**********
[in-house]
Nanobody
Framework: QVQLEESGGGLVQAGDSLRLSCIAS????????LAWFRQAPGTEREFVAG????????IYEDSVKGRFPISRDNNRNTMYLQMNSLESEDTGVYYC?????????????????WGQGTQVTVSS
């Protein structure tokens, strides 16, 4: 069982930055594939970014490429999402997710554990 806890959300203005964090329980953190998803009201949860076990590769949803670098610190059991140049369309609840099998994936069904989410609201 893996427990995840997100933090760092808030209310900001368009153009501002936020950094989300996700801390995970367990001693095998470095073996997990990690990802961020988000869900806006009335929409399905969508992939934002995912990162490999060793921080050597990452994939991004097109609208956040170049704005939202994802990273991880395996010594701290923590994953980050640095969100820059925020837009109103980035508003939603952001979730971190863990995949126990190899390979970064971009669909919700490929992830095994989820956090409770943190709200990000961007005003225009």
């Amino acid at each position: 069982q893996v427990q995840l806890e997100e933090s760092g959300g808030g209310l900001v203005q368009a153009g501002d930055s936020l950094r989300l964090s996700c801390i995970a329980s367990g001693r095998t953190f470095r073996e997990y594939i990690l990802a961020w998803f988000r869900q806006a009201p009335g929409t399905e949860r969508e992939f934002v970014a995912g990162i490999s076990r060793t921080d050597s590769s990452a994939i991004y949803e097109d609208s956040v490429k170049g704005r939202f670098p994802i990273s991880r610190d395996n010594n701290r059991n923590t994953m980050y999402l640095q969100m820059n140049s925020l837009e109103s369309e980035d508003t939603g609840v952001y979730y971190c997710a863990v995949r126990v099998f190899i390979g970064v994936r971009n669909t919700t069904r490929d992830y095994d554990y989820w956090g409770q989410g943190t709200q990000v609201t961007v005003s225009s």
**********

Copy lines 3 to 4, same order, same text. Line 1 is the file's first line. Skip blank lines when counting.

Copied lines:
Framework: QVQLEESGGGLVQAGDSLRLSCIAS????????LAWFRQAPGTEREFVAG????????IYEDSVKGRFPISRDNNRNTMYLQMNSLESEDTGVYYC?????????????????WGQGTQVTVSS
């Protein structure tokens, strides 16, 4: 069982930055594939970014490429999402997710554990 806890959300203005964090329980953190998803009201949860076990590769949803670098610190059991140049369309609840099998994936069904989410609201 893996427990995840997100933090760092808030209310900001368009153009501002936020950094989300996700801390995970367990001693095998470095073996997990990690990802961020988000869900806006009335929409399905969508992939934002995912990162490999060793921080050597990452994939991004097109609208956040170049704005939202994802990273991880395996010594701290923590994953980050640095969100820059925020837009109103980035508003939603952001979730971190863990995949126990190899390979970064971009669909919700490929992830095994989820956090409770943190709200990000961007005003225009």